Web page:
World Library  
Flag as Inappropriate
Email this Article

Derek Holland (activist)

Article Id: WHEBN0026868763
Reproduction Date:

Title: Derek Holland (activist)  
Author: World Heritage Encyclopedia
Language: English
Subject: Graham Williamson, Far-right politics in the United Kingdom, Nick Griffin, List of British far-right groups since 1945, Third Position
Publisher: World Heritage Encyclopedia

Derek Holland (activist)

Derek Holland is a figure on the European far-right noted for his Catholic Integralism.[1]

Holland was brought up in Huntingdon and was already trying to recruit new members to the [2] In the May 1979 general election, he contested Cambridge for the NF, receiving 311 votes (0.6%).[3] After his studies Holland became closely associated with the Political Soldier wing of the party. One of the party's main writers in a time when their ideology was shifting, he contributed regularly not only to the party journal Nationalism Today, but was also co-editor of Rising, a radical nationalist journal that was independent of the NF and drew heavily from Julius Evola and Corneliu Zelea Codreanu.[4] Holland became one of the leading lights on the Political Soldier wing of the party when his pamphlet The Political Soldier was published in 1984. Along with Nick Griffin and Patrick Harrington he became effective joint leader of the Official National Front following the resignation of Andrew Brons from overall leadership in 1984. In 1988 the three travelled to Libya on a fund-raising trip as an official representatives of the NF, although in the end they were given only copies of The Green Book.[5]

In 1989 Holland broke with Patrick Harrington and joined Michael Fishwick in following Nick Griffin and Roberto Fiore into the International Third Position (ITP) after Harrington had contacted The Jewish Chronicle with regards to opening dialogue.[6] Holland injected his sympathies for anti-Zionist groups, as part of his nationalist philosophy, into the ITP. He supported the ideas of Muammar Gaddafi and Ayatollah Ruhollah Khomeini, who had previously featured on a cover of National Front News.

Holland's last public appearance was at a Swedish nationalist convention in 2002, during this time Holland lived in the Irish Midlands where he sought grants from the local Community Enterprise Board for his involvement in the proposed publishing of the "IHS Books however when he sought to use a different address to his home address he was not seen for some time after that, his present whereabouts is unknown following his past involvement with Nick Griffin coming to light. , (hosted by Nationaldemokratisk Ungdom, the youth wing of the National Democrats). Since that time the ITP appears to have gravitated towards the European National Front, and Holland has retired from active involvement in politics, although his Political Soldier writings are still circulated among radical nationalists. In 2001 Holland co-founded with John Sharp IHS Books, a publisher whose stated purpose was to bring back into print classics of Catholic social teaching but which has been accused of fascist and anti-semitic connections.[7]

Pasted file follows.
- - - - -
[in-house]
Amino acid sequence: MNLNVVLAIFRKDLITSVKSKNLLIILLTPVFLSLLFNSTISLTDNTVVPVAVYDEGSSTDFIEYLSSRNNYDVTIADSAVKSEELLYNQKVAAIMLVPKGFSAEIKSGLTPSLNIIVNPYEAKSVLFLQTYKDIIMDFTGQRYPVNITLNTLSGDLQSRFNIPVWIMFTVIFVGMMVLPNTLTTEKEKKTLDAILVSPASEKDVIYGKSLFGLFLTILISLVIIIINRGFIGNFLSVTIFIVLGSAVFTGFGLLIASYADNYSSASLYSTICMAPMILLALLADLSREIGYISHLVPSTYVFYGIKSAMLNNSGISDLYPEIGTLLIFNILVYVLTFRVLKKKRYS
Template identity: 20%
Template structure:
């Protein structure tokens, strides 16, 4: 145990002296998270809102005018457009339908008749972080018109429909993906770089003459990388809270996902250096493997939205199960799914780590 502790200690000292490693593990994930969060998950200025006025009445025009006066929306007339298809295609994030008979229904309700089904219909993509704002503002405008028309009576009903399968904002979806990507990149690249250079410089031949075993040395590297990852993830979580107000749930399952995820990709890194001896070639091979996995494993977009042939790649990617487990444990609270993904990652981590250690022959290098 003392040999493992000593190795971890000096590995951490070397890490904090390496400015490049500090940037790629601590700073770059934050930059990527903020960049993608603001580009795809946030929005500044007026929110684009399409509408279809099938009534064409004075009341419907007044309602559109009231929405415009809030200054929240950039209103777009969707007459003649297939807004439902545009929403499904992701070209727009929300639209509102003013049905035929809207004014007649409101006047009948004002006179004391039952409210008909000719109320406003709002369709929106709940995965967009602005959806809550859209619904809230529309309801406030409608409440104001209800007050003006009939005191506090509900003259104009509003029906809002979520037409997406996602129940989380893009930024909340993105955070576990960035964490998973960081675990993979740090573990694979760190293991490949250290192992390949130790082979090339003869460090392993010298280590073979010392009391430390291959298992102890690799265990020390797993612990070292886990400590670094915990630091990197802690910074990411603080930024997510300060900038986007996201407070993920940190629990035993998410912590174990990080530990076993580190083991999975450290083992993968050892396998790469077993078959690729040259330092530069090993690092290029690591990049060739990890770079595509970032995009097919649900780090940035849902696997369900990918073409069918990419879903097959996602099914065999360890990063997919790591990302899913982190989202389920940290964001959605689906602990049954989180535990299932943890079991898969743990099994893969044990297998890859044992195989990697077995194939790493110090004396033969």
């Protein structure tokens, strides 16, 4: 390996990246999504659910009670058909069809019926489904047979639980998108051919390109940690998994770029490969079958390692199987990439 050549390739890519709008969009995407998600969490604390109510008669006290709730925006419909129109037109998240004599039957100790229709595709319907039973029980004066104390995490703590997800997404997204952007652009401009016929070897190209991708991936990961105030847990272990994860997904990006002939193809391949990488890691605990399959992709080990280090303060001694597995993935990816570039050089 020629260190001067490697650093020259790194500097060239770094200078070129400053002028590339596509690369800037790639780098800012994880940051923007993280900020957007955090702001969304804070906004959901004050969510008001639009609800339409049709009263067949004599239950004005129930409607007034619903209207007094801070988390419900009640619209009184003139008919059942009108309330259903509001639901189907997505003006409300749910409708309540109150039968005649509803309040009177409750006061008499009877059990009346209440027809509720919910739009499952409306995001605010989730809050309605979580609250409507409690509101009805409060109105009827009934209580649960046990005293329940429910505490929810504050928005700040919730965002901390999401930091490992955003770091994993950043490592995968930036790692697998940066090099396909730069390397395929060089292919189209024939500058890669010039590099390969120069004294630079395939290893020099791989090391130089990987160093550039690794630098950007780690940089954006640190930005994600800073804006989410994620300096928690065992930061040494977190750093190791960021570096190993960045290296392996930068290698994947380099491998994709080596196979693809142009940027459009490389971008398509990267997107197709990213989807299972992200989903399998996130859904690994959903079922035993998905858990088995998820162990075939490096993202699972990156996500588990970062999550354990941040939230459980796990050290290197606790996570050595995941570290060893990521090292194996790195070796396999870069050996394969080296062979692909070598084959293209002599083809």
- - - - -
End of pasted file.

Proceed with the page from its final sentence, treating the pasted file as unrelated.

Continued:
Holland has received considerable treatment in works on European extremist nationalism, including Fascism: A History by Roger Eatwell (1997) and Black Sun: Aryan Cults, Esoteric Nazism and the Politics of Identity by Nicholas Goodrick-Clarke (2002). Holland’s writings on the Political Soldier are also featured in Fascism: A Reader published by Oxford University Press (1995).

Elections contested

Date of election Constituency Party Votes %
1979 general election Cambridge NF 311 0.6


  1. ^ N. Copsey, Contemporary British Fascism: The British National Party and the Quest for Legitimacy, Basingstoke: Palgrave Macmillan, 2004, p. 183
  2. ^ Bulldog (Paper of the Young National Front), #12, 1979
  3. ^ The Guardian, 5 May 1979
  4. ^ Copsey, op cit, p. 33
  5. ^ Copsey, op cit, p. 45
  6. ^ Copsey, op cit
  7. ^ Christopher Blosser, "IHS Press, Potential Fascist & Antisemitic Connections, Etc."

External links

  • An article about Holland at Harry's Place
This article was sourced from Creative Commons Attribution-ShareAlike License; additional terms may apply. World Heritage Encyclopedia content is assembled from numerous content providers, Open Access Publishing, and in compliance with The Fair Access to Science and Technology Research Act (FASTR), Wikimedia Foundation, Inc., Public Library of Science, The Encyclopedia of Life, Open Book Publishers (OBP), PubMed, U.S. National Library of Medicine, National Center for Biotechnology Information, U.S. National Library of Medicine, National Institutes of Health (NIH), U.S. Department of Health & Human Services, and, which sources content from all federal, state, local, tribal, and territorial government publication portals (.gov, .mil, .edu). Funding for and content contributors is made possible from the U.S. Congress, E-Government Act of 2002.
Crowd sourced content that is contributed to World Heritage Encyclopedia is peer reviewed and edited by our editorial staff to ensure quality scholarly research articles.
By using this site, you agree to the Terms of Use and Privacy Policy. World Heritage Encyclopedia™ is a registered trademark of the World Public Library Association, a non-profit organization.

Copyright © World Library Foundation. All rights reserved. eBooks from Project Gutenberg are sponsored by the World Library Foundation,
a 501c(4) Member's Support Non-Profit Organization, and is NOT affiliated with any governmental agency or department.